Abba Jan and his family move on to Vyaspur after his old mother (Bi Amma) dies. There are rallies on the roads and turmoil. There are sounds of gun shots. In Vyaspur from the terrace of their house one could see the burning ghat. In the new location Zakir makes friends with Phullo whose strange superstitions he believes. Abba Jan tells him that the train coming there (Vysapur) from Moradabad goes to Delhi. Zakir makes friends with Surender. They study under the single mango tree in the school. Surender shows him the girl Rhimjhim from a distance. Once she says “Well, if it is not a Muslim brat!’ Zakir is satisfied that he is taught something by Surender. Zakir tells his friend about Sabirah’s lips. The two friends see turmoil through the train first.

Once the country is partitioned Zakir goes to Lahore along with his parents. Lahore becomes Zakir’s scene of action now. He teaches history in a college. The Shiraz, a tea-house, becomes the den for Zakir and his five friends, Afzal, Irfan, Salamat and Ajmal and Surender. These are ‘regulars’ in the Shiraz calling themselves mice. The waiter Abdul treats them as his masters. All the turmoil, tumult and turbulence of the war are seen only in this background in a sense since the protagonist’s life and character take the centre stage. People’s lives in all the places, Lahore, Delhi and even Dhaka are presented and the turbulence is vividly portrayed. The Shiraz is the centre for the friends and the way each views it is different. Salamat, the son of Khvaja Sahib hates all who do not fight. He wants to change the system. Here is a bit of conversation between Khvaja Sahib and Abba Jan:

‘.. Maulana, now what times are coming upon the Muslims?’
Abba Jan raised his forefinger toward the sky: ‘Only He knows’.
‘Maulana! Let me tell you one thing: we’re destined to endure bad times at the hands of our sons. I tried to make Salamat see reason: “Son, your wits are wandering. Why do you ruin your throat yelling slogans?” And what answer does he give me, but “We are going to change the system!”
Abba Jan said gravely, Khvaja Sahib! In this world there have lived one hundred twenty-four thousand Prophets, and has the world changed?’
‘No sir, it hasn’t changed.’ (p.57)

The discussions of the friends reveal war scenes as they see, understand and suffer them. They talk about processions, slogans and destruction. At a distance from the regulars a white haired man sits alone at a table and comes to ask them news of the goings on in the turmoil. His explanation of the whiteness of his hair is this to the young people at another table:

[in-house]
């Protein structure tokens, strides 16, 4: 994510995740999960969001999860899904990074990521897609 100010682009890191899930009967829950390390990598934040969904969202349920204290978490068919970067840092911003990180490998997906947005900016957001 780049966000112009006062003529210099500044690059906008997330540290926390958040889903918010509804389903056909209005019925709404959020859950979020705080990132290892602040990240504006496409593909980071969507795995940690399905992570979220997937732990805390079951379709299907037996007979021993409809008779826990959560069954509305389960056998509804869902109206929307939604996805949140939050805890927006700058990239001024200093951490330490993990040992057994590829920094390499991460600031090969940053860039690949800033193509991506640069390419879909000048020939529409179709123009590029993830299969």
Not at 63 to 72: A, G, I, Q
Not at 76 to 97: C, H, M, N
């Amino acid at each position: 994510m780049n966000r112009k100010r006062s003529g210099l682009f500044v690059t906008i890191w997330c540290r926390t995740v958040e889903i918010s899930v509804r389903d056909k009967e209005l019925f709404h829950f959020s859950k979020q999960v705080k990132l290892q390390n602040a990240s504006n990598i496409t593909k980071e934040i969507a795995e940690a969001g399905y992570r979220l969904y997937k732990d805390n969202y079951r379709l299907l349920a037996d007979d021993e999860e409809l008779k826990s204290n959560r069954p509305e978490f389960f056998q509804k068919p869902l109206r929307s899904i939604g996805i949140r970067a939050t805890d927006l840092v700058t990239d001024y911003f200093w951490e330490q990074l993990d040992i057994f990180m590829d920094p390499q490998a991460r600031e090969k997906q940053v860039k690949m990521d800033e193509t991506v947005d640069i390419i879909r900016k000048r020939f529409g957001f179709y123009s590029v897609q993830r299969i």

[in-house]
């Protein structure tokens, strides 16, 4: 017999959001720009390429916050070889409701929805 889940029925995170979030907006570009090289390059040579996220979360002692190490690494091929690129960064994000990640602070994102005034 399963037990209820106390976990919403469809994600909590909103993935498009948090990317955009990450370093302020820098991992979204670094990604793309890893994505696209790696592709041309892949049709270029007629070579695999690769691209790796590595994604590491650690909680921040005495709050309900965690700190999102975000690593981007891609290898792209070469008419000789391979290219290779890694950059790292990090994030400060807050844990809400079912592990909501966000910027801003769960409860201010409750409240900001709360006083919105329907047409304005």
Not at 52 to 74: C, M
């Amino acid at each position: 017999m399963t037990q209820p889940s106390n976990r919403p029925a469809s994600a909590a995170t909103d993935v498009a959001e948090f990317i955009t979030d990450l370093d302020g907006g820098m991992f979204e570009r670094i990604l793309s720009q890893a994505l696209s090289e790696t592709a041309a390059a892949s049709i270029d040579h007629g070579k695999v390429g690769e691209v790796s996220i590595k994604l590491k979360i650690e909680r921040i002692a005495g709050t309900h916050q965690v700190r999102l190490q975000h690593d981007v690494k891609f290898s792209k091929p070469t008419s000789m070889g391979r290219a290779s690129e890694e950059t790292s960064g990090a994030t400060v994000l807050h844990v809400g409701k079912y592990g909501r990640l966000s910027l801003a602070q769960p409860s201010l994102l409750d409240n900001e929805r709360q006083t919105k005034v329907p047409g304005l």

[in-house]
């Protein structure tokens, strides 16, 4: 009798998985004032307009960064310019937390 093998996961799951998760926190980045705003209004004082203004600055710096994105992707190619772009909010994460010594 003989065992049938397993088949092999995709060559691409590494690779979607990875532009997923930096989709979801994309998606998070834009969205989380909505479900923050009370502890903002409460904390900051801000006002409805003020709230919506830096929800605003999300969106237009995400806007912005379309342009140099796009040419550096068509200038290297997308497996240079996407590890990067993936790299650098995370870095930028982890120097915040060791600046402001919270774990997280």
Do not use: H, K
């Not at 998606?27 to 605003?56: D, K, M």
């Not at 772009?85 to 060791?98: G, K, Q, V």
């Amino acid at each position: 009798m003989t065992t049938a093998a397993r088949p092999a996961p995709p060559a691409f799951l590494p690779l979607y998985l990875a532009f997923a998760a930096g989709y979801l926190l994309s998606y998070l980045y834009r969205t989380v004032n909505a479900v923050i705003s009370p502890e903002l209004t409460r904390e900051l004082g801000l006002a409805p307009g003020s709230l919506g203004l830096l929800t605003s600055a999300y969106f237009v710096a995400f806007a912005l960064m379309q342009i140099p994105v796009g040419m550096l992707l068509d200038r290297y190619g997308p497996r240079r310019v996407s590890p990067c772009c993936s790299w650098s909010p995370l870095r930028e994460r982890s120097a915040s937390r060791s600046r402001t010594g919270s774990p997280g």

‘When I set out from my home, my hair was black. And I wasn’t at any age at all; I was only twenty or twenty-one. When I reached Pakistan and washed myself and looked in the mirror, my hair had turned entirely white.’p.64.

This is the experience of the man who after the partition moved from India to Pakistan.

Irfan becomes a journalist and Surender the director of All India Radio, Delhi. Ajmal given to drink also hates his father. Zavvar, who appears to be cynical, makes it to the ICS. Zakir, a professor of history, is asked in the class by a student, whether among the Mughals all brothers are step-brothers. Zakir snubs him. He feels there is no distinction between stepbrothers and brothers. Cain and Abel weren’t step brothers. He begins to think of his own first day in Pakistan later when the white-haired man swims before his eyes. He could not sleep after seeing Anarkali Bazaar and Shamnagar. A Hindu leaves Pakistan after he is humiliated by the police. These give us a rough but poignant idea of how partition is felt and experienced by people. Zakir remembers Sabirah. He hears Auntie Sharifan telling his mother about Sabirah refusing to leave Delhi and hoping to get a job there. Zakir is encouraged to write to Sabirah, but he does not. Half-heartedly he tries to angle his student, a research scholar Tasnim first.

‘Tasnim!’ I finally opened my mouth.
In response she lifted her eyes to me, but I didn’t know what I’d wanted to say. I was lost, dissolved, as though I didn’t exist at all.
Finally she rose. I too rose, confused and flustered. I escorted her to the door. As I was leaving the room I said softly, ‘Tasnim!’
She paused, but I was struck dumb. Then with the speed of lightning she left the room. I was left standing there.